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Bringing 911 to the Next Generation

7/17/2020 9:32:25 AM Allie Arp

In the last two decades, mobile communications has expanded to include text, video, and a myriad of other applications. It makes sense that emergency communications systems such as Next Generation 9-1-1 (NG911) would expand to adopt the same technologies.

Given their enhanced complexity, as NG911 systems begin to be deployed across the nation it is critical that the various components of the system are interoperable and compatible before they are deployed.  The Critical Infrastructure Resilience Institute (CIRI) – a Department of Homeland Security Center of Excellence at the University of Illinois – has been selected by DHS and the Department of Transportation to engage with NG911 stakeholders to develop a framework and process for testing the interoperability and compatibility of NG911 systems and components.

Walt Magnussen presenting to the House of Representatives at the NG911 hearing.
Walt Magnussen presenting to the House of Representatives at the NG911 hearing.

“With next-generation (emergency systems), the desire is to do more than voice, and that’s a needed change,” said Walt Magnussen, director of the Texas A&M University Internet2 Technology Evaluation Center (ITEC) and principal investigator on the CIRI project. “If I come on the scene of the accident and there’s a person who is hurt, I’d like to be able to use my camera and say this is what’s happening, this is what they’re doing. If there’s an active shooter in the building I could be conveying actual information to the police about what’s happening. There’s a lot that could be done.”

In order to achieve the goals of the project, CIRI researchers must engage extensively with NG911 stakeholders to identify the crucial elements of interoperability and compatibility. They will then work to design a framework and process to efficiently test for those elements of interoperability. Another key aspect of the project is to outline a business model that would ensure that the testing program is both scalable and sustainable and broadly supported by the NG911 vendor community.

“We appreciate the insightful recognition by DHS and DOT of the importance of broad-scale interoperability of NG911 systems  Given the impact of this project on the potential health and safety of our nation’s citizens CIRI is honored to be selected by DHS for this critical project”, said Randy Sandone, executive director of CIRI.  “We believe we have organized a world-class team of researchers to address the challenging demands of the project.”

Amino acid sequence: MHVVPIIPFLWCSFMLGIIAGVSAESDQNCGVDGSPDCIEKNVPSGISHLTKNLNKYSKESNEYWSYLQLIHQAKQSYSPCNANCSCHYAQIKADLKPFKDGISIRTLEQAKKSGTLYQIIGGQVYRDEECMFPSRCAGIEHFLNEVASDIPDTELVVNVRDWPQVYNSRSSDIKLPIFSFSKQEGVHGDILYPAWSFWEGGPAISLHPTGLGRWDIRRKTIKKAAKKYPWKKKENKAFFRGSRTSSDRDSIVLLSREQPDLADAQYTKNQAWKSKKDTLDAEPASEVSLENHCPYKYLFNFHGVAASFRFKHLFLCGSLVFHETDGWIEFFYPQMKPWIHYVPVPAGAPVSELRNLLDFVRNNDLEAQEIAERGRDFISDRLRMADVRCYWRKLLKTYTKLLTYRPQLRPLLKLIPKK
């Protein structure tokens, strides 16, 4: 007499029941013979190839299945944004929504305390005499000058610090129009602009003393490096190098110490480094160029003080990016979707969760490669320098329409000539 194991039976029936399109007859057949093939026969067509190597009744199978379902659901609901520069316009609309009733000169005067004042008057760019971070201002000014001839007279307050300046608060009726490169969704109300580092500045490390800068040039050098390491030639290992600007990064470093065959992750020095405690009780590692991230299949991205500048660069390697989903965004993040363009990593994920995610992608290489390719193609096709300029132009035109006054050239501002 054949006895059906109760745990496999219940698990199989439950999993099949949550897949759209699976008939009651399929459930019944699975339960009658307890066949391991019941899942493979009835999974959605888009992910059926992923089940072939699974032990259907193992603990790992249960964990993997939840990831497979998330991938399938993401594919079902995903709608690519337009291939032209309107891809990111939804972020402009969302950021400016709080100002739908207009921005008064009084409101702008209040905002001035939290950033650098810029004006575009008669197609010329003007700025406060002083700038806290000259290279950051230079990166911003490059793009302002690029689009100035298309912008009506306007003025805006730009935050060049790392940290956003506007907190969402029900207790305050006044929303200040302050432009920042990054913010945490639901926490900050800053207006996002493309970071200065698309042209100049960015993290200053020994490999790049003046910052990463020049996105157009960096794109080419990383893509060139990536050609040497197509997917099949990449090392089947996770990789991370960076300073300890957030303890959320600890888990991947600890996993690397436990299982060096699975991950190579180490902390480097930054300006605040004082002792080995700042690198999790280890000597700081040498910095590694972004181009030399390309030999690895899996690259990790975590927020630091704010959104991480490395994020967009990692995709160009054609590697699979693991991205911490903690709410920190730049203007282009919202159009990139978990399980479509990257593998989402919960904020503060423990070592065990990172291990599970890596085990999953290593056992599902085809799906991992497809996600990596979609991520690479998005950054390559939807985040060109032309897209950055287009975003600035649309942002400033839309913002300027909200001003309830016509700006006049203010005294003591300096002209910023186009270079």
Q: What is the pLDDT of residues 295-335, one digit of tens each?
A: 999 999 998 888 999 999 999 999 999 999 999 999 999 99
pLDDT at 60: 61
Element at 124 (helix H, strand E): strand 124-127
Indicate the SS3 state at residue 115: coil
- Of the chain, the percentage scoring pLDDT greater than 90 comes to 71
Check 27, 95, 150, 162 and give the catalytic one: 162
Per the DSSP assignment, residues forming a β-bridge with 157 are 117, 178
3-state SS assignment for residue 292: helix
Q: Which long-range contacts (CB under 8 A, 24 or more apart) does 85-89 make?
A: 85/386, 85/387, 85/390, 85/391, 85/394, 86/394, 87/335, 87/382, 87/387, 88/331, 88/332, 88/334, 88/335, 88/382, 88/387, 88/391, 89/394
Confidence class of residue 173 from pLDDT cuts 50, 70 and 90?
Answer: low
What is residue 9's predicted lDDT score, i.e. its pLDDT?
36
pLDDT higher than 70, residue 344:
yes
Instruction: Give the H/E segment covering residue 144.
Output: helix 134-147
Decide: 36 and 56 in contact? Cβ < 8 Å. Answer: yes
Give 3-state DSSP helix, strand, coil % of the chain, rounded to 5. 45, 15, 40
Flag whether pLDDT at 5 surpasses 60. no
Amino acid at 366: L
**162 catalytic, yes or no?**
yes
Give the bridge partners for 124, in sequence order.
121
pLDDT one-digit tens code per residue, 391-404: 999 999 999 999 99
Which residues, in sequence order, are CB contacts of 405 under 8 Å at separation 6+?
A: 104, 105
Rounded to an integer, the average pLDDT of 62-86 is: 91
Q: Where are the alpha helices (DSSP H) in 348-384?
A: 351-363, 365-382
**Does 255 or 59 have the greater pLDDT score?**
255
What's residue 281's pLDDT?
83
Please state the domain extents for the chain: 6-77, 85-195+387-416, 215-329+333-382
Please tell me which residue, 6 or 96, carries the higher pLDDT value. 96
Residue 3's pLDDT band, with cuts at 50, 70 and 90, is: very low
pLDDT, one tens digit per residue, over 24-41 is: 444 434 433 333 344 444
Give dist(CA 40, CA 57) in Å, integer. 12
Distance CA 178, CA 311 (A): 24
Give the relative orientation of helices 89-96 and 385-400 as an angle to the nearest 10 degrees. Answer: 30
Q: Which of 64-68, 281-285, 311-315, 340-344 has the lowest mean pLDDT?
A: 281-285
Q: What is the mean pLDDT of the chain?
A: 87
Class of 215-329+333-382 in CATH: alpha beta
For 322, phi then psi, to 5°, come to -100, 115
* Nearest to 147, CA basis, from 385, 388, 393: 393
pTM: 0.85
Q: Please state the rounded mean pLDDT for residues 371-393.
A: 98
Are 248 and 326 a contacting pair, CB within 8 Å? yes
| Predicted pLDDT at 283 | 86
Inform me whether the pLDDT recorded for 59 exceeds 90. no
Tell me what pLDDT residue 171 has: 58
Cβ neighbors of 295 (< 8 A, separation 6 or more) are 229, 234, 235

Through extensive engagement with the many NG911 stakeholders – including standards bodies, government agencies, owners and operators, equipment and software vendors, and first responders – the CIRI team will identify and compile a list of interfaces that demand interoperability in order to deliver the seamless services required of the envisioned NG911 system.  A testing framework will then be designed to address these interoperability requirements, which will form the basis of the team’s recommendations to DHS and DOT. Based on feedback, the actual implementation and delivery of the test framework would follow in a potential phase two project.

“What this project is designed to do is to look at the interfaces and say, ‘Is vendor A’s product interoperable and compatible with those interfaces?’” said Magnussen “If it demonstrates through testing that it is interoperable and compatible with those interfaces, then you have a 99.9% assurance it will work within the larger system as it should.”

An additional benefit of ensuring interoperability of NG911 components and systems is the ability to connect 911 operations across the country and allow them to communicate with each other. Currently, there are a variety of different vendors, technologies, and systems that don’t allow calls and incidents to be shared across different regions. To make system-wide updates and bring together all the operations together in a seamless system, the group needs to identify all the stakeholders involved with the transition to NG911 and work with them to develop a plan moving forward. This is the first, and one of the largest, hurdles to improving and advancing 911 technology.

A second task of the current project is to consider and outline a scalable and sustainable model for conducting the testing. This model must include a governance and fee structure that will support the needs of the testing facility and that will be broadly supported by the NG911 vendor community.

Stakeholder buy-in is important because updating the infrastructure without the industry support would likely fail, but so far there has been a lot of positive feedback. The United States Congress is considering funding up to $15 billion to get this new technology developed and deployed, but ongoing operational costs would fall to the local operators.  Establishing a robust and scalable process for ensuring interoperability and compatibility of NG911 systems will facilitate a robust and competitive market for such systems – thus enhancing innovation and lowering costs for the municipalities deploying and operating them.